After a year in which hashtags such as #timesup and #metoo have dominated headlines, it’s entirely appropriate that designers are responding to the current mood with clothes that speak of a measured purposefulness and contemplative calm. This new atmosphere has ushered in a reboot of the tailored jacket as an entirely modern, cool and necessary staple.
Not since the ’90s has the jacket had such a resurgence, but unlike that era when it was all about a pared-back, minimalist approach, there are myriad styles to choose from, for day and night. And it isn’t about boardroom-ready power shoulders, but rather the fresh ways women are harnessing the understated elegance of tailoring; and for some it’s a sea change that was building long before designers sent their autumn collections down the catwalk.
A precisely tailored jacket has been part of retailer Alex Eagle’s style since her teenage years, when she would borrow her mother’s sleek navy-blue Mondi jacket for all her landmark moments, from first dates to interviews. “It became part of my uniform – you put on a blazer and everything is neat, whether you are in a T-shirt and jeans or a little dress. It makes you feel put together,” says Eagle. “It does all the practical things that a woman needs – it covers your arms and bum, so you don’t feel too exposed. It’s like armour.” In 2014, she opened a concept shop called The Store on London’s Walton Street. She now has outposts in London, the Cotswolds and Berlin, and in 2016 opened Alex Eagle Studio in Soho. The jacket became a key part of Eagle’s business – which has expanded with an atelier at her Studio – offering exquisite tailoring as in a Loro Piana-wool/linen/silk jacket (£1,495) finished with horn buttons. Other brands she sells that focus on tailored pieces include Giuliva Heritage Collection, founded by Gerardo Cavaliere and Margherita Cardelli, which makes coats and hunting jackets (€1,280) in beautiful Italian cloths in a tailoring studio in Naples. Eagle was also an early supporter of Blazé Milano, established by Italian fashion editors Delfina Pinardi, Corrada Rodriguez d’Acri and Sole Torlonia. The trio spotted a gap in the market for beautifully cut blazers and, inspired by their childhood riding jackets, launched the label in 2016. The autumn collection includes a single-breasted silk Blazer Robe (£1,675) and a double-breasted polka-dot blazer (£1,331, pictured top left) with the brand’s signature half-moon pockets.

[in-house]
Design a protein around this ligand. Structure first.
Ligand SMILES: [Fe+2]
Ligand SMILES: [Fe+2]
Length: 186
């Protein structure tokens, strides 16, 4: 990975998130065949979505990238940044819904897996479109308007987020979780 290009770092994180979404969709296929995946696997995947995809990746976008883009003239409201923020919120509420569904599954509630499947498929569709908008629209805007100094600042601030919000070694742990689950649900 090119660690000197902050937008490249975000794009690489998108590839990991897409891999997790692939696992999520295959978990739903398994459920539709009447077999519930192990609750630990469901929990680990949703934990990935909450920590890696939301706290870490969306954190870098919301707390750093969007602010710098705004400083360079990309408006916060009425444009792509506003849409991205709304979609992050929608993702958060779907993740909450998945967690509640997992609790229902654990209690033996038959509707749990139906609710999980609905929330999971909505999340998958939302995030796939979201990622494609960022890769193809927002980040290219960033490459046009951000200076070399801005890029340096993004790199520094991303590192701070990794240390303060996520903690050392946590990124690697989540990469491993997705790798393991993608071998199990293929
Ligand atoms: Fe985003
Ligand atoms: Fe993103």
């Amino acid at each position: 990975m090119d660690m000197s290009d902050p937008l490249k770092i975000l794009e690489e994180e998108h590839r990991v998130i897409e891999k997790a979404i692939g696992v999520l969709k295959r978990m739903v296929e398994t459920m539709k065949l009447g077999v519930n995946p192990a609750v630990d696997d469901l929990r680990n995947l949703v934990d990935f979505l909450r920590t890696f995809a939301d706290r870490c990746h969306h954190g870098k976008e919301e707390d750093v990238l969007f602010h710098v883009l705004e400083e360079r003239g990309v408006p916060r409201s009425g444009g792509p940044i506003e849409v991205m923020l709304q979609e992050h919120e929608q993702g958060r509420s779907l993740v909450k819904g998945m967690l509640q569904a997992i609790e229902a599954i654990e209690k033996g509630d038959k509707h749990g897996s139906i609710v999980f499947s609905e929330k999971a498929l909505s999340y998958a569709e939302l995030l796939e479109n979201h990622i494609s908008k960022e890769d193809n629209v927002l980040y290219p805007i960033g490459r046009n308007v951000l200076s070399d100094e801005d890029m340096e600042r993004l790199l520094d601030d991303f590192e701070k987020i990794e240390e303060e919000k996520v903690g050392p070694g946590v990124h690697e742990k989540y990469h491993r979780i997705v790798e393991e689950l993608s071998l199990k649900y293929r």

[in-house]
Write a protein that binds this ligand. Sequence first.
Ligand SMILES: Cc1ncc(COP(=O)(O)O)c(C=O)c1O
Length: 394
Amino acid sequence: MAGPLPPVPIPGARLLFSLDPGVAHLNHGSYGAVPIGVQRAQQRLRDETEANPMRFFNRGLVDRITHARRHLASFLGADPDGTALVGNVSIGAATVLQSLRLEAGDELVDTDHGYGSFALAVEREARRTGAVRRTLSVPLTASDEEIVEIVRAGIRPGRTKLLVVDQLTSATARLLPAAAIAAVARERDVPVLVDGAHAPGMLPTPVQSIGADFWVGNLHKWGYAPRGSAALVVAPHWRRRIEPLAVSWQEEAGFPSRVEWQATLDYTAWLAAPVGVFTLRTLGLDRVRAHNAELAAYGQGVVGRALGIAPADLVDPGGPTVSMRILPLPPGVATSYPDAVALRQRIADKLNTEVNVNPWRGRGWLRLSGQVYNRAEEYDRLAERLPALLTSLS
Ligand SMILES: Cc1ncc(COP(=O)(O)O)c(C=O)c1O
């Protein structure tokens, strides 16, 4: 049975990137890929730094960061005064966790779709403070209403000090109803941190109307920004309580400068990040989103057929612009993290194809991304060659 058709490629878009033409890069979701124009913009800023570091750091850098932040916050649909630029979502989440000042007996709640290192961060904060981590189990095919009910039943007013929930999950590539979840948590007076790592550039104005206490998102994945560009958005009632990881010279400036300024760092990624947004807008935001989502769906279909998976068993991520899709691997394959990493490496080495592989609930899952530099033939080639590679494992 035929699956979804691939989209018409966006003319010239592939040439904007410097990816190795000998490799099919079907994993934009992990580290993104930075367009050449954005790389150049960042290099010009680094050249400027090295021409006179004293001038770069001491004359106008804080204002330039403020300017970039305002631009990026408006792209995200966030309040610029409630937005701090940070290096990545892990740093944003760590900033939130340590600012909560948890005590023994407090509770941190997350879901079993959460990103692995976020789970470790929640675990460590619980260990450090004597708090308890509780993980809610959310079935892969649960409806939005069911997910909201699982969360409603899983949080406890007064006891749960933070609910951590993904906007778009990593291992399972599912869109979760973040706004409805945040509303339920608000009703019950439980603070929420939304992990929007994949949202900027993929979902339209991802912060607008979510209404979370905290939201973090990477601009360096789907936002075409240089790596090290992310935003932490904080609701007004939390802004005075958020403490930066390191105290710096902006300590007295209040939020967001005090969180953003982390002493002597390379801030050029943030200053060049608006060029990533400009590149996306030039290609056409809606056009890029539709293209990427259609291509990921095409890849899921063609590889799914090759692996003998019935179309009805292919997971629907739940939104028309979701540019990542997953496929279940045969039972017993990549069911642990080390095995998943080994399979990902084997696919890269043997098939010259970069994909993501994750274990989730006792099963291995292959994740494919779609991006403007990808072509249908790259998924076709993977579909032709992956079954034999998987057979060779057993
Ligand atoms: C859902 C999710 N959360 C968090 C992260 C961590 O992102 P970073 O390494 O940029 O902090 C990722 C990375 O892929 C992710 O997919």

For Pinardi, it’s not simply about the look of the blazer but the way it can liberate the woman wearing it. “Our customers often tell us that wearing our jackets they feel more powerful,” she says, flagging up their design’s multiple interior pockets that eliminate the need to carry a bag. As Torlonia puts it, they are for: “Assertive, self-confident, globe-trotting women who don’t want to spend too much time choosing how to dress; women who know a well-cut blazer will go with everything and do the trick.”
The revived interest in jackets was in full swing last autumn, so much so that at Net-a-Porter the spend on tailoring increased by 50 per cent – a decision endorsed by the incredible success of jackets from labels such as Isabel Marant, Joseph and Tibi (whose pastel blazers sold out this summer). The classics, meanwhile, have the most currency this season – Alexander McQueen’s sleek wool sharp-shouldered versions (£1,585) and Stella McCartney’s roomier, more boyish jackets (£1,080) are all wardrobe staples worthy of investment. As is Balmain’s six-button blazer – creative director Olivier Rousteing always includes more fashion-forward seasonal versions on the catwalk and this autumn offers it in denim and tweed (€6,990).